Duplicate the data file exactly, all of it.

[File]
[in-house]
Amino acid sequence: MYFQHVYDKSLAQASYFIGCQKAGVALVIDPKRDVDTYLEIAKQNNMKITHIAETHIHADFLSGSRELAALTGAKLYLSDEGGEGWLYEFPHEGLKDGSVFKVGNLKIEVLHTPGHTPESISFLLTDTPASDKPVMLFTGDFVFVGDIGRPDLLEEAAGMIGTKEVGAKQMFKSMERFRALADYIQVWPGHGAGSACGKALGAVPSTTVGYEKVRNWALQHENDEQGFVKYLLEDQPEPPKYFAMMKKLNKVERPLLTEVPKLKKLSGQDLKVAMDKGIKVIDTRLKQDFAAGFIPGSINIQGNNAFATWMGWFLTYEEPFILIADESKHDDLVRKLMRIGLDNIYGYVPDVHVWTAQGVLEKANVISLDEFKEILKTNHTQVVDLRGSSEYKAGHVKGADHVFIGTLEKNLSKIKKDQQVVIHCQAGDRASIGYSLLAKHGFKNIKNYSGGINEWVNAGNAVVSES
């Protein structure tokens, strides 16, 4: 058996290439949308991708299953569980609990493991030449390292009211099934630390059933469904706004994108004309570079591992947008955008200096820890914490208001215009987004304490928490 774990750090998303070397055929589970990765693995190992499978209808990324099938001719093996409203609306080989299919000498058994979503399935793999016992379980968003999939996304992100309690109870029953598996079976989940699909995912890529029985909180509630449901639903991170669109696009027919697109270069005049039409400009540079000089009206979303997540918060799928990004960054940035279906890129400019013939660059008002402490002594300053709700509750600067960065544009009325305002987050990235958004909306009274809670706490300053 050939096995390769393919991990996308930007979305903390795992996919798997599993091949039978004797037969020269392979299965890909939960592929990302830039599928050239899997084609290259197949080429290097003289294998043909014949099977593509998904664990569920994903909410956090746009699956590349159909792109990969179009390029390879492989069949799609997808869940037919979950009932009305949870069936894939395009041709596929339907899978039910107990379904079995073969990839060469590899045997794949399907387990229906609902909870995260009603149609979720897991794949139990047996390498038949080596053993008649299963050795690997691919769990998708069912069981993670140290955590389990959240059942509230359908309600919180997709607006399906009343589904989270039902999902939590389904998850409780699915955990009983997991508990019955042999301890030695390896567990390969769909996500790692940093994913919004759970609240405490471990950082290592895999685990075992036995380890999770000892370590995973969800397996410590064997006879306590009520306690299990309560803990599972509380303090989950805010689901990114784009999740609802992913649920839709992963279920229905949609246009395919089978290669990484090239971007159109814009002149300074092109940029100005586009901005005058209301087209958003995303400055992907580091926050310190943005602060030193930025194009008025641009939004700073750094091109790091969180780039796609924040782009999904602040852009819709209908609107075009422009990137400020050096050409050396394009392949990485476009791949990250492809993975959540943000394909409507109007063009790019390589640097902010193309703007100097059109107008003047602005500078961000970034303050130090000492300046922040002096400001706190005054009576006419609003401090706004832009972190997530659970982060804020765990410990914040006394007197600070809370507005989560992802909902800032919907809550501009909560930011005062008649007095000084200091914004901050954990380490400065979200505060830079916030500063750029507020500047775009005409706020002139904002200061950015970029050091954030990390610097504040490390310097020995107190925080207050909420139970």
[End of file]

[in-house]
Amino acid sequence: MYFQHVYDKSLAQASYFIGCQKAGVALVIDPKRDVDTYLEIAKQNNMKITHIAETHIHADFLSGSRELAALTGAKLYLSDEGGEGWLYEFPHEGLKDGSVFKVGNLKIEVLHTPGHTPESISFLLTDTPASDKPVMLFTGDFVFVGDIGRPDLLEEAAGMIGTKEVGAKQMFKSMERFRALADYIQVWPGHGAGSACGKALGAVPSTTVGYEKVRNWALQHENDEQGFVKYLLEDQPEPPKYFAMMKKLNKVERPLLTEVPKLKKLSGQDLKVAMDKGIKVIDTRLKQDFAAGFIPGSINIQGNNAFATWMGWFLTYEEPFILIADESKHDDLVRKLMRIGLDNIYGYVPDVHVWTAQGVLEKANVISLDEFKEILKTNHTQVVDLRGSSEYKAGHVKGADHVFIGTLEKNLSKIKKDQQVVIHCQAGDRASIGYSLLAKHGFKNIKNYSGGINEWVNAGNAVVSES
């Protein structure tokens, strides 16, 4: 058996290439949308991708299953569980609990493991030449390292009211099934630390059933469904706004994108004309570079591992947008955008200096820890914490208001215009987004304490928490 774990750090998303070397055929589970990765693995190992499978209808990324099938001719093996409203609306080989299919000498058994979503399935793999016992379980968003999939996304992100309690109870029953598996079976989940699909995912890529029985909180509630449901639903991170669109696009027919697109270069005049039409400009540079000089009206979303997540918060799928990004960054940035279906890129400019013939660059008002402490002594300053709700509750600067960065544009009325305002987050990235958004909306009274809670706490300053 050939096995390769393919991990996308930007979305903390795992996919798997599993091949039978004797037969020269392979299965890909939960592929990302830039599928050239899997084609290259197949080429290097003289294998043909014949099977593509998904664990569920994903909410956090746009699956590349159909792109990969179009390029390879492989069949799609997808869940037919979950009932009305949870069936894939395009041709596929339907899978039910107990379904079995073969990839060469590899045997794949399907387990229906609902909870995260009603149609979720897991794949139990047996390498038949080596053993008649299963050795690997691919769990998708069912069981993670140290955590389990959240059942509230359908309600919180997709607006399906009343589904989270039902999902939590389904998850409780699915955990009983997991508990019955042999301890030695390896567990390969769909996500790692940093994913919004759970609240405490471990950082290592895999685990075992036995380890999770000892370590995973969800397996410590064997006879306590009520306690299990309560803990599972509380303090989950805010689901990114784009999740609802992913649920839709992963279920229905949609246009395919089978290669990484090239971007159109814009002149300074092109940029100005586009901005005058209301087209958003995303400055992907580091926050310190943005602060030193930025194009008025641009939004700073750094091109790091969180780039796609924040782009999904602040852009819709209908609107075009422009990137400020050096050409050396394009392949990485476009791949990250492809993975959540943000394909409507109007063009790019390589640097902010193309703007100097059109107008003047602005500078961000970034303050130090000492300046922040002096400001706190005054009576006419609003401090706004832009972190997530659970982060804020765990410990914040006394007197600070809370507005989560992802909902800032919907809550501009909560930011005062008649007095000084200091914004901050954990380490400065979200505060830079916030500063750029507020500047775009005409706020002139904002200061950015970029050091954030990390610097504040490390310097020995107190925080207050909420139970």